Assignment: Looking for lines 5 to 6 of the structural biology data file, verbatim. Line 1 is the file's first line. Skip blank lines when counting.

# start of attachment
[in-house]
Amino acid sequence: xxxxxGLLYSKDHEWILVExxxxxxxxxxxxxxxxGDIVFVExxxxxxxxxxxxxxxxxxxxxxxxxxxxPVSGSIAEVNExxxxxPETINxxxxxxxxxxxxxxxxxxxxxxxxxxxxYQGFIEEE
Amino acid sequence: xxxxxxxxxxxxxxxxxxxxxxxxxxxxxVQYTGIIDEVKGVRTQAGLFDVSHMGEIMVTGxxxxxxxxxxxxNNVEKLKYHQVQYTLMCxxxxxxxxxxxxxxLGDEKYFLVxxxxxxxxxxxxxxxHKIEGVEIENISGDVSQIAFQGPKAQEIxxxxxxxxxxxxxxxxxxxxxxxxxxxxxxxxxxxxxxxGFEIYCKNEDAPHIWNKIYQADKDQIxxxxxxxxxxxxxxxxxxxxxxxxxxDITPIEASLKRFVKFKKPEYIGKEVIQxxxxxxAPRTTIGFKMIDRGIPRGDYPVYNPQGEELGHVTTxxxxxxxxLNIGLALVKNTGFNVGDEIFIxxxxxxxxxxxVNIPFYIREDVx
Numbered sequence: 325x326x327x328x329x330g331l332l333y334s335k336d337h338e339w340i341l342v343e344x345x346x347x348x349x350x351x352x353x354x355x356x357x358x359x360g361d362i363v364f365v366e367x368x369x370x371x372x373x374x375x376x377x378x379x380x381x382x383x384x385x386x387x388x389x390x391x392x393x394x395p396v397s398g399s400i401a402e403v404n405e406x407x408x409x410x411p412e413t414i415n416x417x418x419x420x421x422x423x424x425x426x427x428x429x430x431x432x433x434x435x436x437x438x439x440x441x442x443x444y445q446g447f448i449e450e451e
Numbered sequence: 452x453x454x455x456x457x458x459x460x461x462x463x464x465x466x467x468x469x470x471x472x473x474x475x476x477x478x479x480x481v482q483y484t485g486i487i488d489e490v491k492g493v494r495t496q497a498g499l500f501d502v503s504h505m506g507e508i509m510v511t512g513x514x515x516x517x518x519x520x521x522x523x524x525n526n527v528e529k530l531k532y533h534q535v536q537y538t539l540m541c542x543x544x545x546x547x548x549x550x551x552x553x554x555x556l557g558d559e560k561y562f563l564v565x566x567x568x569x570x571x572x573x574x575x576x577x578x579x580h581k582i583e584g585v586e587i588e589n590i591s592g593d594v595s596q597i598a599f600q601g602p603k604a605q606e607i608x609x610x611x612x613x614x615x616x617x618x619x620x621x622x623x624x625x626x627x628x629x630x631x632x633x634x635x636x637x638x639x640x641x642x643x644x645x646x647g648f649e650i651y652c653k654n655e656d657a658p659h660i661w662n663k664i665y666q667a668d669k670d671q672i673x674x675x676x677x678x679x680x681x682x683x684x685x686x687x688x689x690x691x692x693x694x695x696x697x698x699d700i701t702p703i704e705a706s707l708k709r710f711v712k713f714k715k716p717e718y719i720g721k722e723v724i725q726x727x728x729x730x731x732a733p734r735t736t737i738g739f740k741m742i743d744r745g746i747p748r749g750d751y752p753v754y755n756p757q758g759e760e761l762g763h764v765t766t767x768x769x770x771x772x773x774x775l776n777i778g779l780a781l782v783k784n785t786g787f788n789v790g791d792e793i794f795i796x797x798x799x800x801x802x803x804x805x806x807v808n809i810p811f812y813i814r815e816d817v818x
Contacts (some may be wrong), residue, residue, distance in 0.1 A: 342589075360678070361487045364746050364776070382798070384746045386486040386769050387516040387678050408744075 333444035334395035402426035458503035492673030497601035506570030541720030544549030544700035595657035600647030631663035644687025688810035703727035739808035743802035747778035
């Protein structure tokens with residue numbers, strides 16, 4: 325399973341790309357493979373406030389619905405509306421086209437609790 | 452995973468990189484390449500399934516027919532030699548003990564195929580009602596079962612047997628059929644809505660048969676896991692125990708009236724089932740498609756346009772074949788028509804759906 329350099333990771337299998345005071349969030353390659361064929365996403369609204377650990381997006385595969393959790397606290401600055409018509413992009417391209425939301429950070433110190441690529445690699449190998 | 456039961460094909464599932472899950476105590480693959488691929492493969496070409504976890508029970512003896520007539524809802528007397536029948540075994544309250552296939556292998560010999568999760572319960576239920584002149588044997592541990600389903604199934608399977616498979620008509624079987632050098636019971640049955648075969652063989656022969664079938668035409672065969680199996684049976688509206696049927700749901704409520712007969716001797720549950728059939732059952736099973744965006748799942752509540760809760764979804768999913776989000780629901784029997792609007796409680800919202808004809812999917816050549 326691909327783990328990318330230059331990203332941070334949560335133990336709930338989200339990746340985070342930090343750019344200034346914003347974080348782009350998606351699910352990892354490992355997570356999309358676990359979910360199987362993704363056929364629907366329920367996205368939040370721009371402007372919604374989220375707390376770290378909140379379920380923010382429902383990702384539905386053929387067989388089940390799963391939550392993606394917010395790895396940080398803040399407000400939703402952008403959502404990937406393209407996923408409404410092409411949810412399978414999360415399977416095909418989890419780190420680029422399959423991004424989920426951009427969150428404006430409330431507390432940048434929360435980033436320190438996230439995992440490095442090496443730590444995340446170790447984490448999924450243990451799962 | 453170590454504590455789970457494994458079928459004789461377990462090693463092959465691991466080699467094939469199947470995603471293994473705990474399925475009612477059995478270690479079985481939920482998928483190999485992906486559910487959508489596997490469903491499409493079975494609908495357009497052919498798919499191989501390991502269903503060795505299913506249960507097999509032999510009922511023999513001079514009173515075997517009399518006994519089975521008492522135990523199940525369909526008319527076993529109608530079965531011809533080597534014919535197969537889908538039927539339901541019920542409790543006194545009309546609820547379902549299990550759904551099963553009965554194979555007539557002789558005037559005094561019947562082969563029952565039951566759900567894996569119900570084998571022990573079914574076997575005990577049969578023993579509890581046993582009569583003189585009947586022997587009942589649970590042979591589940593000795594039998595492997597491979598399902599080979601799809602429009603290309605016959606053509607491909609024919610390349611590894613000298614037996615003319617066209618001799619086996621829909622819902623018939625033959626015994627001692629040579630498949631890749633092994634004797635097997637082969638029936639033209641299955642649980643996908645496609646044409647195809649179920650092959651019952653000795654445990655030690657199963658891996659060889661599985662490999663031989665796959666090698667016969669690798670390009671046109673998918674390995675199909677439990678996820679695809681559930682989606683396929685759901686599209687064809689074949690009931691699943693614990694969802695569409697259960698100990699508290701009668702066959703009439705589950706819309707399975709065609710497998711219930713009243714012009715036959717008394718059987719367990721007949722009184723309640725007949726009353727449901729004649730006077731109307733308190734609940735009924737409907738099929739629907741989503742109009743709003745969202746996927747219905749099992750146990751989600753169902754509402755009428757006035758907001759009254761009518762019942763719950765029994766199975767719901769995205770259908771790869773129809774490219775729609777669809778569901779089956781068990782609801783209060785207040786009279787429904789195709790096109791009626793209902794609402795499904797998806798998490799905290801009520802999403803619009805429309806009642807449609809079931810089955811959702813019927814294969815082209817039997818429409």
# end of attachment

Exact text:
Numbered sequence: 452x453x454x455x456x457x458x459x460x461x462x463x464x465x466x467x468x469x470x471x472x473x474x475x476x477x478x479x480x481v482q483y484t485g486i487i488d489e490v491k492g493v494r495t496q497a498g499l500f501d502v503s504h505m506g507e508i509m510v511t512g513x514x515x516x517x518x519x520x521x522x523x524x525n526n527v528e529k530l531k532y533h534q535v536q537y538t539l540m541c542x543x544x545x546x547x548x549x550x551x552x553x554x555x556l557g558d559e560k561y562f563l564v565x566x567x568x569x570x571x572x573x574x575x576x577x578x579x580h581k582i583e584g585v586e587i588e589n590i591s592g593d594v595s596q597i598a599f600q601g602p603k604a605q606e607i608x609x610x611x612x613x614x615x616x617x618x619x620x621x622x623x624x625x626x627x628x629x630x631x632x633x634x635x636x637x638x639x640x641x642x643x644x645x646x647g648f649e650i651y652c653k654n655e656d657a658p659h660i661w662n663k664i665y666q667a668d669k670d671q672i673x674x675x676x677x678x679x680x681x682x683x684x685x686x687x688x689x690x691x692x693x694x695x696x697x698x699d700i701t702p703i704e705a706s707l708k709r710f711v712k713f714k715k716p717e718y719i720g721k722e723v724i725q726x727x728x729x730x731x732a733p734r735t736t737i738g739f740k741m742i743d744r745g746i747p748r749g750d751y752p753v754y755n756p757q758g759e760e761l762g763h764v765t766t767x768x769x770x771x772x773x774x775l776n777i778g779l780a781l782v783k784n785t786g787f788n789v790g791d792e793i794f795i796x797x798x799x800x801x802x803x804x805x806x807v808n809i810p811f812y813i814r815e816d817v818x
Contacts (some may be wrong), residue, residue, distance in 0.1 A: 342589075360678070361487045364746050364776070382798070384746045386486040386769050387516040387678050408744075 333444035334395035402426035458503035492673030497601035506570030541720030544549030544700035595657035600647030631663035644687025688810035703727035739808035743802035747778035